"The complexities already evident in L'anti-oedipe are compounded by Deleuze and Guattari's deliberate refusal to propose a central narrative or theme for the book [A Thousand Plateaus: Capitalism and Schizophrenia]. They refer to the sections in Mille plateaux as 'plateaus', a term they derived from the anthropological work of Gregory Bateson. Bateson had used the term to describe the libidinal economy he found in Bali, which differed from that in the West, with its emphasis on climax. Deleuze and Guattari intended that the sections of their book should not reproduce the climactic and dissipative character of Western discourse, as manifested in the traditional book format with its culminations and terminations. They hoped rather that each plateau would operate as part of an assemblage of connecting parts to be approached by the reader in whichever order they chose. As this might suggest Mille plateaux is a complex and difficult book, though, at the same time, extraordinarily compelling."
Gere, Charlie. 2002 'Digital Culture' Reaktion Books. ISBN 1861891431 1861891431 (pbk.)
"The partiality of the view of the world portrayed by science leaves a great deal unsaid and untheorised, even though, from a scientific point of view, knowledge is characterised as a unified field (Feyerabend, P) Furthermore, a significant aspect of the partiality of science is embedded in its supposed objectivity. It portrays the world from everywhere and nowhere at the same time. Scientific utterances about reality are without human agency. It describes the world as it is, not as any particular scientist views it. Yet science itself is the product of human agency. Its proponents have beliefs and prejudices which they purport to leave aside when they are engaged in the business of science. The power of Foucault's analysis, is to show that this objectivity is an illusion. What he suggests is that science, the paramount foundation of knowledge in our society, is ideologically contaminated - that it operates for and through specific power interests whose view of the world it reinforces. Since almost the entire edifice of knowledge and education is built upon this foundation, the assertion clearly requires further explication."
(Tony Ward, 2008)
Feyerabend, P., Against Method, Verso, London, 1988.
"naked city's fragments are linked by arrows, but fragments which are linked to each other are in different orientations and do not have any logical or straightforward relation to each other. the fragments do not include all of paris and the distance of the gaps between fragments do not illustrate the real distance between fragments. the arrows, while facilitating the egress of our imaginary psychogeographical wanderer, also seems to put spatial distance between the fragments, creating the gap, which is like what Michel de Certeau (chapter on Walking in the City - The Practice of Everyday Life) describes as a procedure of 'Asyndeton', or 'opening gaps in the spatial continuum' and 'retaining only selected parts of it that amount almost to relics'."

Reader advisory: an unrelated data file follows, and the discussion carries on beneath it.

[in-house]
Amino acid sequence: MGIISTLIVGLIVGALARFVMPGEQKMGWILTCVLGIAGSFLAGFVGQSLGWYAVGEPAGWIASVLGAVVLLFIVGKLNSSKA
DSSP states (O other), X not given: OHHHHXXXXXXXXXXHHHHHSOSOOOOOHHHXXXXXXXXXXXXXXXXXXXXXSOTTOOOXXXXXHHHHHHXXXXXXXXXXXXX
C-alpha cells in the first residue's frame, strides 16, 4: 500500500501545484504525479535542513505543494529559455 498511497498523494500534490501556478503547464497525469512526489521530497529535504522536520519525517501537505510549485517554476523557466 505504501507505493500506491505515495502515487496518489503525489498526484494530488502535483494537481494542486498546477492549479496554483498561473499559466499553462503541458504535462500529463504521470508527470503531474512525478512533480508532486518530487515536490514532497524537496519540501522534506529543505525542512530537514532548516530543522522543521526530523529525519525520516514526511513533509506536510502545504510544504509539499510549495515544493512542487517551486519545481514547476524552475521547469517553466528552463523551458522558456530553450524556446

"We have identified a robust arena of research in social, personality, and organizational psychology on a concept called 'integrative complexity', upon which we base our outcome measure. Integrative complexity (Suedfield, Tetlock, & Streufert, 1992) refers to the degree to which thinking and reasoning involve the recognition and integration of multiple perspectives and possibilities and their interrelated contingencies.
Integrative complexity is a specific cognitive style that concerns the differentiation and integration of dimensions. Differentiation refers to the degree to which persons use different dimensions to discuss an issue. For instance, if a person uses a single dimension (e.g., good-bad) to discuss the issue, there would be no differentiation. Assuming that there is differentiation, the second aspect of integrative complexity concerns the degree to which two or more dimensions are related or connected. There can be no integration, some integration, or complex integration. The greater the degree of integration, the greater the integrative complexity. A person exhibiting the lowest level of integrative complexity recognizes only one perspective to a problem or an issue. Persons with higher levels of complexity recognize the existence of alternative perspectives, but see them as independent and unrelated. At the highest level of integrative complexity, there is recognition of the trade-offs among perspectives and solutions."
(Anthony Lising Antonio and Kenji Hakuta, Stanford University)
Suedfeld, P., Tetlock, P., & Streufert, S. (1992). Conceptual/integrative complexity. In C.P. Smith (Ed.), Motivation and Personality: Handbook of thematic content analysis. Cambridge, England: Cambridge University Press.
"Warburg always moved the books and re-classified them according to his personal assumptions and spontaneous ideas, for the significance of every book depended on its context within the library, its neighbourhood on the shelf. In this respect, the entire library was moving most of the time during its setting up in Hamburg."
[Warburg's impulses follow the logic of the hypertext - where multiple intersecting sequences are able to reside.]